Check out this extensive list of people, pets, medical and surgical problems, and staff that we have been involved with over the last year.

New Doctor
Some of you may have worked with our new doctor, Kimberly Lin. She is very enthusiastic and professional, and is a welcome addition.
She came in on her day off to learn the ins and outs of our surgical laser from Dr. P. Our web site has the scoop on how we have been using our surgical laser for over 25 years. www.lbah.com/feline/laser-surgery/
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Happy Thanksgiving from all of us at LBAH. Hope it is safe for all of us and our pets!
Nice tops Terri and Jessica!
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Happy Halloween from Jessica and all of us at Long Beach Animal Hospital!

Don't forget to keep all candy away from your pets during the holidays. If your pet does eat something that is potentially toxic we are available to help with our emergency service. Follow this link to learn much more - www.lbah.com/pet-emergency-services/
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Extern Final Diary 9/25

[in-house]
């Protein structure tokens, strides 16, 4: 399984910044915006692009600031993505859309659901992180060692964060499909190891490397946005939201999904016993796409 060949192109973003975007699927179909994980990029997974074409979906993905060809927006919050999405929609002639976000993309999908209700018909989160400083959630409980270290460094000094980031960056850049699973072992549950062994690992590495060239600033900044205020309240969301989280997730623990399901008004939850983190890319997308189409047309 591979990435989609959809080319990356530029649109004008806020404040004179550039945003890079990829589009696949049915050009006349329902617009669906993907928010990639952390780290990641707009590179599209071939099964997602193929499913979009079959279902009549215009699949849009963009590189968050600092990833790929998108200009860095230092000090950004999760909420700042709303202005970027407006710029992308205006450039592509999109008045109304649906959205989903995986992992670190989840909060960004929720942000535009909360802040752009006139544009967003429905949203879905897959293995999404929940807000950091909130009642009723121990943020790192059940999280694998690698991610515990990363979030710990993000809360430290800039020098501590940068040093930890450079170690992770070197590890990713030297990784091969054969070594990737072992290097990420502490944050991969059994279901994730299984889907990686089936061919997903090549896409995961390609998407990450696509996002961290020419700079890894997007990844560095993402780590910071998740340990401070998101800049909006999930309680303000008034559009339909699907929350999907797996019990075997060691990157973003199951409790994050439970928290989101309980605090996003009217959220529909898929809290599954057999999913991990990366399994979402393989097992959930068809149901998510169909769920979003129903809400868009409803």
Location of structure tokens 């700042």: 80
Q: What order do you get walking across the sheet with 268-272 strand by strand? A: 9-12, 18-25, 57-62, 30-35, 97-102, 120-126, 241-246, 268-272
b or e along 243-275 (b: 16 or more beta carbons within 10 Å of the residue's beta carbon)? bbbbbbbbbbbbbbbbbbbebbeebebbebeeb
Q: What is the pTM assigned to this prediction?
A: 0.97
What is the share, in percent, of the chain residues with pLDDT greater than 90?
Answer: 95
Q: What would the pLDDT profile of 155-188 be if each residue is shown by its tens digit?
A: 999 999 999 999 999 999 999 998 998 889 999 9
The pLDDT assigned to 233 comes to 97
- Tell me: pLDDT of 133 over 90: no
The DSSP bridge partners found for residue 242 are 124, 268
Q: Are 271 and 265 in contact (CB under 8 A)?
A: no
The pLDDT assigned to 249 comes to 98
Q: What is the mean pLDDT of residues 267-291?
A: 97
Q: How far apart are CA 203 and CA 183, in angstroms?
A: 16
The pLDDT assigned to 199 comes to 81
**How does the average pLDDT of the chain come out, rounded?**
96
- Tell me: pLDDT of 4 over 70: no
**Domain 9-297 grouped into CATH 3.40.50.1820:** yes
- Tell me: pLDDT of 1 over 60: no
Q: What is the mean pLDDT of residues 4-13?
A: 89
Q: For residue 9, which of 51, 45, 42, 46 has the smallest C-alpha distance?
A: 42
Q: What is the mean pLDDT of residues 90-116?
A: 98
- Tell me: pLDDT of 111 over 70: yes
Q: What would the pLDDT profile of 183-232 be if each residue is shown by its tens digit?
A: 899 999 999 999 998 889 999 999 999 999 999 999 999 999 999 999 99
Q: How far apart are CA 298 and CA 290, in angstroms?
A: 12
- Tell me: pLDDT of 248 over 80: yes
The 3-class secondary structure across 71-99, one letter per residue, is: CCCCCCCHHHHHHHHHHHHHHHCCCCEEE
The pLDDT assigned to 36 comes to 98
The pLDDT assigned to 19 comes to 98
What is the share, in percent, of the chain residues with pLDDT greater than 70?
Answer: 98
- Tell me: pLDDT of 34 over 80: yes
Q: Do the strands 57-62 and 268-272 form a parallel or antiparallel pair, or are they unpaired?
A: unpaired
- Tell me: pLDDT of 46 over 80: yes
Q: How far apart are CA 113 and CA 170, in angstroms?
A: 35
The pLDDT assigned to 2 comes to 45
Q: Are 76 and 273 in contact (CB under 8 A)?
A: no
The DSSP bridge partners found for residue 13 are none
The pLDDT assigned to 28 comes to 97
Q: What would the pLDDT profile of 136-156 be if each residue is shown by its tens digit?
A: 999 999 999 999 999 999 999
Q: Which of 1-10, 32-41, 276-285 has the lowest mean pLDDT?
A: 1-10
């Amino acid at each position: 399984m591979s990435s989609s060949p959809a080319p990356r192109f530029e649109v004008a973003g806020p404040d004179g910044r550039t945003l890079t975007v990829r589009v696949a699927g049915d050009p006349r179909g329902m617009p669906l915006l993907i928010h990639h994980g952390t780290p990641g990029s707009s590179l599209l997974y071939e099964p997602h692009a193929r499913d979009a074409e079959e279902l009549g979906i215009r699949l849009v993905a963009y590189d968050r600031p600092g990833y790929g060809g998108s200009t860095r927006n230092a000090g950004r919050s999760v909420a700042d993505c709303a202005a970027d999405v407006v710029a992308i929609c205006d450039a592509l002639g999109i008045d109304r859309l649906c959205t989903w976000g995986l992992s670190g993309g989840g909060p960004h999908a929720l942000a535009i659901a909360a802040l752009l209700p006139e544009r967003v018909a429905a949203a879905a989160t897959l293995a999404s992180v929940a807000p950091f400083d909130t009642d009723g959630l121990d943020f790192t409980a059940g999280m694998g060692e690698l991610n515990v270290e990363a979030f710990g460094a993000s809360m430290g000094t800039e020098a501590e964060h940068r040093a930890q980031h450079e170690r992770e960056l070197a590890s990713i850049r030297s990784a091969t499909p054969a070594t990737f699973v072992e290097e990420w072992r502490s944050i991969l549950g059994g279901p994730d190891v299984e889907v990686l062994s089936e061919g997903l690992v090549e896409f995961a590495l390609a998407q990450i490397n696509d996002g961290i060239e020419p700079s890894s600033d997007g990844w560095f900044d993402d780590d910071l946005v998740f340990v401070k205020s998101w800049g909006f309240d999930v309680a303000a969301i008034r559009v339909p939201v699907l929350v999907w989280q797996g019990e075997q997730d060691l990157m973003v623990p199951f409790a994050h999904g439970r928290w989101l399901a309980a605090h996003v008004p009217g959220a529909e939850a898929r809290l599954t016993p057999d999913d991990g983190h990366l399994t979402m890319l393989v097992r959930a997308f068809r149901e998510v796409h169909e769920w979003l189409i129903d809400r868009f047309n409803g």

Today is my last day at LBAH! Before talking about this cute critter, I wanted to thank all the veterinarians and staff at LBAH that welcomed me to the practice. I've learned so much about exotics during my 2 weeks here!

This little prickly pear is an African Pygmy Hedgehog. Hedgehogs originate from African dry grasslands. They are nocturnal (asleep during the day, awake during the night) and territorial, so they should be housed alone. Hedgehogs typically live between 4-6 years.

Unlike porcupines, who have quills that they can eject at predators, hedgehogs are covered in spines, which are attached and rooted to their skin. That means you won't need to shield your eyes from flying quills because they can't eject their spines at you (but definitely shield your hands, because those spines are sharp!).

It's important for you to know that hedgehogs are natural carriers of Salmonella (in 2019 the CDC linked a Salmonella outbreak to hedgehogs). Therefore, always make sure you wash your hands after handling them, and keep away from young children. If you own a hedgehog that has diarrhea, it's possible it has an overgrowth of Salmonella.